The good thing was that the theater had ticket machines, so minimal human contact was necessary on my way to the seat. I chose to sit about 7/8 up near the back and to a side. It was a matinee, early afternoon show just after Christmas too. The result was a near empty theater with fewer than a dozen people sharing the room -- fewer eyes to see my loser-ity.

I had company though. There were at least two or three other people, all female, who sat alone near the front with popcorn and beverage in hand. By the time the movie finished, it was dark, and I went home with a new sense of "don't give a shit".

Over the hill
The Curious Case of Benjamin Button was my first but not my last. Having stepped over the hill, I began to make going to movies alone a regular activity. It felt more enjoyable than going with friends. There's no pressure to talk to anyone, fewer opportunities to be interrupted, no scheduling issues, no cancelled plans, and no need to worry about how the other party enjoyed the show. I watched whatever I wanted whenever I wanted.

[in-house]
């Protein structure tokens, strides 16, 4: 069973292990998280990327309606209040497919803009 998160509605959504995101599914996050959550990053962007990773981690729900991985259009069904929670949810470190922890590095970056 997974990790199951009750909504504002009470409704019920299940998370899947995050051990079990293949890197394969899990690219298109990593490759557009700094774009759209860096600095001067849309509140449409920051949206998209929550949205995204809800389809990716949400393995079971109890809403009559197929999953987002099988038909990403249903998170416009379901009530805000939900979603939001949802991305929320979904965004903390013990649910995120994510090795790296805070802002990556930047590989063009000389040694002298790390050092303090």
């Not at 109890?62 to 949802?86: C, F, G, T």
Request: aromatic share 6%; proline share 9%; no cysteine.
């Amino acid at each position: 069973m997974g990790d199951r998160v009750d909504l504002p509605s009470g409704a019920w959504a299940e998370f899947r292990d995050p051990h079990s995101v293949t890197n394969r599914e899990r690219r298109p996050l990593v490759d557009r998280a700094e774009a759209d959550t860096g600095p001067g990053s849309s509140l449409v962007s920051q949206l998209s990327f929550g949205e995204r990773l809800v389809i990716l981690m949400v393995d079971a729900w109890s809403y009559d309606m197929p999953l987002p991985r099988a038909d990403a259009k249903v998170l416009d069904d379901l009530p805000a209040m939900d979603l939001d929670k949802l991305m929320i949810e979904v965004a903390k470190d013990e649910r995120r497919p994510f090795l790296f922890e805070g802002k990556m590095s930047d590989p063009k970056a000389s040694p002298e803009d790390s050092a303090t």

The Joy of the Matinee
Afternoon shows, when everyone else was at work, were the best. I had the theater mostly to myself with a few other stragglers, which meant few interruptions from people pulling out phones or just getting up to leave. The choice of seats was also limitless. My usual spot became the exact same place I made a beeline for throughout college in lecture halls: three-quarters of the way back to the right (facing the screen). Unfortunately, I could only make these afternoon shows while I was unemployed.

Death of the theater experience